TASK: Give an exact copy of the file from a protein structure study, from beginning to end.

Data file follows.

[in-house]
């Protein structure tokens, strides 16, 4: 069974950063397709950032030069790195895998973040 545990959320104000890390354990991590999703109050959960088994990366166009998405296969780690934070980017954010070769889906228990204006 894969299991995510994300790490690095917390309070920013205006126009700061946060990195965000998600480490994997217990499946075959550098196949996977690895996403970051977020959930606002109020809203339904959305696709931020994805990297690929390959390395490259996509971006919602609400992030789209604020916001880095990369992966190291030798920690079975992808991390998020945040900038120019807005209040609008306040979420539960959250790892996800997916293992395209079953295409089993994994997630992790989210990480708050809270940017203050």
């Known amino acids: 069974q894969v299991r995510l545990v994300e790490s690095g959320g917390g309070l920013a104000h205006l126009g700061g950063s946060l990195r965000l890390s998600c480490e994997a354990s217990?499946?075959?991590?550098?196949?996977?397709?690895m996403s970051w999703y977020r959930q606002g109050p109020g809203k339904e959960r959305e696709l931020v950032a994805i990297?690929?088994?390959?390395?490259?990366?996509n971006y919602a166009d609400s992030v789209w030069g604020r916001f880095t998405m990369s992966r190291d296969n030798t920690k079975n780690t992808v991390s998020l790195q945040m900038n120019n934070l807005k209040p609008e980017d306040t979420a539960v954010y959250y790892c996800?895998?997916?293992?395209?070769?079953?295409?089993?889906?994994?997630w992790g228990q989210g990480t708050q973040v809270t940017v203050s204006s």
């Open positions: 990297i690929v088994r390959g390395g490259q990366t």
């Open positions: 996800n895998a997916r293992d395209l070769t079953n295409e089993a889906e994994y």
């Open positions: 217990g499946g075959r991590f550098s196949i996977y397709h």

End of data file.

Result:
[in-house]
């Protein structure tokens, strides 16, 4: 069974950063397709950032030069790195895998973040 545990959320104000890390354990991590999703109050959960088994990366166009998405296969780690934070980017954010070769889906228990204006 894969299991995510994300790490690095917390309070920013205006126009700061946060990195965000998600480490994997217990499946075959550098196949996977690895996403970051977020959930606002109020809203339904959305696709931020994805990297690929390959390395490259996509971006919602609400992030789209604020916001880095990369992966190291030798920690079975992808991390998020945040900038120019807005209040609008306040979420539960959250790892996800997916293992395209079953295409089993994994997630992790989210990480708050809270940017203050």
């Known amino acids: 069974q894969v299991r995510l545990v994300e790490s690095g959320g917390g309070l920013a104000h205006l126009g700061g950063s946060l990195r965000l890390s998600c480490e994997a354990s217990?499946?075959?991590?550098?196949?996977?397709?690895m996403s970051w999703y977020r959930q606002g109050p109020g809203k339904e959960r959305e696709l931020v950032a994805i990297?690929?088994?390959?390395?490259?990366?996509n971006y919602a166009d609400s992030v789209w030069g604020r916001f880095t998405m990369s992966r190291d296969n030798t920690k079975n780690t992808v991390s998020l790195q945040m900038n120019n934070l807005k209040p609008e980017d306040t979420a539960v954010y959250y790892c996800?895998?997916?293992?395209?070769?079953?295409?089993?889906?994994?997630w992790g228990q989210g990480t708050q973040v809270t940017v203050s204006s």
């Open positions: 990297i690929v088994r390959g390395g490259q990366t």
């Open positions: 996800n895998a997916r293992d395209l070769t079953n295409e089993a889906e994994y």
């Open positions: 217990g499946g075959r991590f550098s196949i996977y397709h």